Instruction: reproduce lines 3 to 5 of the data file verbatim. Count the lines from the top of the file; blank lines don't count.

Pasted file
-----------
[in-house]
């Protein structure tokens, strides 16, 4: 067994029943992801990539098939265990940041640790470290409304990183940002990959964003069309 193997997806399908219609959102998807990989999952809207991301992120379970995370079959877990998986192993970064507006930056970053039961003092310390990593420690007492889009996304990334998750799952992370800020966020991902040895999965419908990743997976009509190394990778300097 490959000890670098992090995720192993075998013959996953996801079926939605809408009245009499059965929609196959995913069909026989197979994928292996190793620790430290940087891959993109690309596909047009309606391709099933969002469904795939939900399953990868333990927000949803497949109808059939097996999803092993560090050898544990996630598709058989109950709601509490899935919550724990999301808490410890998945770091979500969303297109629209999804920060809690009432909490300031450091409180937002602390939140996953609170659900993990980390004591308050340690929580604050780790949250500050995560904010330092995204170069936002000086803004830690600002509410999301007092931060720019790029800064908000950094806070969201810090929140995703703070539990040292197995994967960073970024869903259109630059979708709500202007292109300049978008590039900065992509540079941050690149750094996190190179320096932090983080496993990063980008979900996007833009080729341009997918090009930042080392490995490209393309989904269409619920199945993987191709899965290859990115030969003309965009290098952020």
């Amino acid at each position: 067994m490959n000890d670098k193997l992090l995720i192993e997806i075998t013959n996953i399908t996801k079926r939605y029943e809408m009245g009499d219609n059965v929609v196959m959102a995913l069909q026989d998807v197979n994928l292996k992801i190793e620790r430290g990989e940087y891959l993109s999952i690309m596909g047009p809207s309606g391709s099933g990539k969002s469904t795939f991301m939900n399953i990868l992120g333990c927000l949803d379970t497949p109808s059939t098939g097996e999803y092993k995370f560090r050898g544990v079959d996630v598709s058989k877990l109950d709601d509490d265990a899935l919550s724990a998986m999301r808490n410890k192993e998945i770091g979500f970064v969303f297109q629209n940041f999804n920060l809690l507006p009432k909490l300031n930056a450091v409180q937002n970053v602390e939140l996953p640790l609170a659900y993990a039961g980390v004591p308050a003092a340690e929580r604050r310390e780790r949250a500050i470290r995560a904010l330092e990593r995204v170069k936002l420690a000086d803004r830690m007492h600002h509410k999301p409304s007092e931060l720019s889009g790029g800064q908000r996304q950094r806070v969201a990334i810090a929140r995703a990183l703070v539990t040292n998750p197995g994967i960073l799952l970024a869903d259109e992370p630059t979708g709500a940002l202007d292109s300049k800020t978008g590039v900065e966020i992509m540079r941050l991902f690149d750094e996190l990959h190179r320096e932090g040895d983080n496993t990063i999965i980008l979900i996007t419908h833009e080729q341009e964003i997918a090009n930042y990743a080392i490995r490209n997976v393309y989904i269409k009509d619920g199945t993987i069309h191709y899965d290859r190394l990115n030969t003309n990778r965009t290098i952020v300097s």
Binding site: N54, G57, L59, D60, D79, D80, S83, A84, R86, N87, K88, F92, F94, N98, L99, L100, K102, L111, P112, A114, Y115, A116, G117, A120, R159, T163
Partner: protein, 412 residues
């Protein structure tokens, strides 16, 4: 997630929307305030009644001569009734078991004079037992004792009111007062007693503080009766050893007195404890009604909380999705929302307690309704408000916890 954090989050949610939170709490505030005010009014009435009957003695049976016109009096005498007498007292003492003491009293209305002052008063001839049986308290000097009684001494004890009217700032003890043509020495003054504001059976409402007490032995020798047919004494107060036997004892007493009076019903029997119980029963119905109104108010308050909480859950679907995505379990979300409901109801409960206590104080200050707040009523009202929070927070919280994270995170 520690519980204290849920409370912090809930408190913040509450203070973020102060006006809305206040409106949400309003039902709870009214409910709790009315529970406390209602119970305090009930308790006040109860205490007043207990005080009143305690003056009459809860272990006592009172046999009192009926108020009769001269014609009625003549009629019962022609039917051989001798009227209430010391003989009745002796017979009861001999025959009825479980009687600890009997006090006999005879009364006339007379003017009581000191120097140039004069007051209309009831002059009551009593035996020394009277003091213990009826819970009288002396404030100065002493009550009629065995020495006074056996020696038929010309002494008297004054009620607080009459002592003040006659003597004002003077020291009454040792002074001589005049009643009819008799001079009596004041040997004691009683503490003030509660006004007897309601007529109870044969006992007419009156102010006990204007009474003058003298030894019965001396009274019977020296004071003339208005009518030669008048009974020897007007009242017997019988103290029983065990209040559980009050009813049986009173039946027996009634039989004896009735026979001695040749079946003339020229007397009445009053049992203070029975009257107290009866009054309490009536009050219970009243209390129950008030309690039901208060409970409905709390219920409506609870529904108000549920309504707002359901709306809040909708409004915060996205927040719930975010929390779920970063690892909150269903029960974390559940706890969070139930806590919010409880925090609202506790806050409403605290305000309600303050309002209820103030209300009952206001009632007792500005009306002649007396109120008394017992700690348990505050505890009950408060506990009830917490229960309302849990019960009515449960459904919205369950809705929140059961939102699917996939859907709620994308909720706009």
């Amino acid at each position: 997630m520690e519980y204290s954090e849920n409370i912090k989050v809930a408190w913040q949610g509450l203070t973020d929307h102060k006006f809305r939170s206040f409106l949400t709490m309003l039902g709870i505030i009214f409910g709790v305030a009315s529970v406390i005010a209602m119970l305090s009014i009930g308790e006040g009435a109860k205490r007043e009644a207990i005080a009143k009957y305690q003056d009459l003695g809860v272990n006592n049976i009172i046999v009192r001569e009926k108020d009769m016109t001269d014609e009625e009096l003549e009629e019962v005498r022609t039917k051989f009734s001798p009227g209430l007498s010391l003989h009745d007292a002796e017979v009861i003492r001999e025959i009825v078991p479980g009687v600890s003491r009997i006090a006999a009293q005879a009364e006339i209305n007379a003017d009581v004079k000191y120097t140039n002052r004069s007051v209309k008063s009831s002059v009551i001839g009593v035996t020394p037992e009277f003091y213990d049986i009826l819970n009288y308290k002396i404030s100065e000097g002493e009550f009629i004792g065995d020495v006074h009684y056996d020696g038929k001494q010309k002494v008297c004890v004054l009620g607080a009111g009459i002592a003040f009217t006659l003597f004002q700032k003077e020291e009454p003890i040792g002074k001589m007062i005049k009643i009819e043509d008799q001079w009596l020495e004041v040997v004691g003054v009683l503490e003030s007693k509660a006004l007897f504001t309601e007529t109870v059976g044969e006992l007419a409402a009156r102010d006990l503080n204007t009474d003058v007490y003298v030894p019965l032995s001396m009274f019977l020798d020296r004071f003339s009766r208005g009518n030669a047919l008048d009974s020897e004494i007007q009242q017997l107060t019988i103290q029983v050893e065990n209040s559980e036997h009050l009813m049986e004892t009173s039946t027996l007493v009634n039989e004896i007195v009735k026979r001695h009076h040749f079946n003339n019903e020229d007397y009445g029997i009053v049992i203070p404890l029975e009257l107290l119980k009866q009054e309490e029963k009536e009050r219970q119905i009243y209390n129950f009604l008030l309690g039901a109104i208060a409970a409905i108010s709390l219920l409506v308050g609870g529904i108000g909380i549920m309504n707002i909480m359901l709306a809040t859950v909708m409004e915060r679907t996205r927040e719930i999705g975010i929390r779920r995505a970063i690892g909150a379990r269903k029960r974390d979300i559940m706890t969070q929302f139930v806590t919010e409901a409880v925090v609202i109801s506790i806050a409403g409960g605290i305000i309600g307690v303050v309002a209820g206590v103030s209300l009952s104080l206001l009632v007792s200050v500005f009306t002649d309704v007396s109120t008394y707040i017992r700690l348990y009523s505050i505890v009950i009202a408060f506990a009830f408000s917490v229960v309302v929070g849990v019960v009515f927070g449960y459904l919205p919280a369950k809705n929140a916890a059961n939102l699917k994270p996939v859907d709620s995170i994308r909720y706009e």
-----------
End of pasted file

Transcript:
């Amino acid at each position: 067994m490959n000890d670098k193997l992090l995720i192993e997806i075998t013959n996953i399908t996801k079926r939605y029943e809408m009245g009499d219609n059965v929609v196959m959102a995913l069909q026989d998807v197979n994928l292996k992801i190793e620790r430290g990989e940087y891959l993109s999952i690309m596909g047009p809207s309606g391709s099933g990539k969002s469904t795939f991301m939900n399953i990868l992120g333990c927000l949803d379970t497949p109808s059939t098939g097996e999803y092993k995370f560090r050898g544990v079959d996630v598709s058989k877990l109950d709601d509490d265990a899935l919550s724990a998986m999301r808490n410890k192993e998945i770091g979500f970064v969303f297109q629209n940041f999804n920060l809690l507006p009432k909490l300031n930056a450091v409180q937002n970053v602390e939140l996953p640790l609170a659900y993990a039961g980390v004591p308050a003092a340690e929580r604050r310390e780790r949250a500050i470290r995560a904010l330092e990593r995204v170069k936002l420690a000086d803004r830690m007492h600002h509410k999301p409304s007092e931060l720019s889009g790029g800064q908000r996304q950094r806070v969201a990334i810090a929140r995703a990183l703070v539990t040292n998750p197995g994967i960073l799952l970024a869903d259109e992370p630059t979708g709500a940002l202007d292109s300049k800020t978008g590039v900065e966020i992509m540079r941050l991902f690149d750094e996190l990959h190179r320096e932090g040895d983080n496993t990063i999965i980008l979900i996007t419908h833009e080729q341009e964003i997918a090009n930042y990743a080392i490995r490209n997976v393309y989904i269409k009509d619920g199945t993987i069309h191709y899965d290859r190394l990115n030969t003309n990778r965009t290098i952020v300097s």
Binding site: N54, G57, L59, D60, D79, D80, S83, A84, R86, N87, K88, F92, F94, N98, L99, L100, K102, L111, P112, A114, Y115, A116, G117, A120, R159, T163
Partner: protein, 412 residues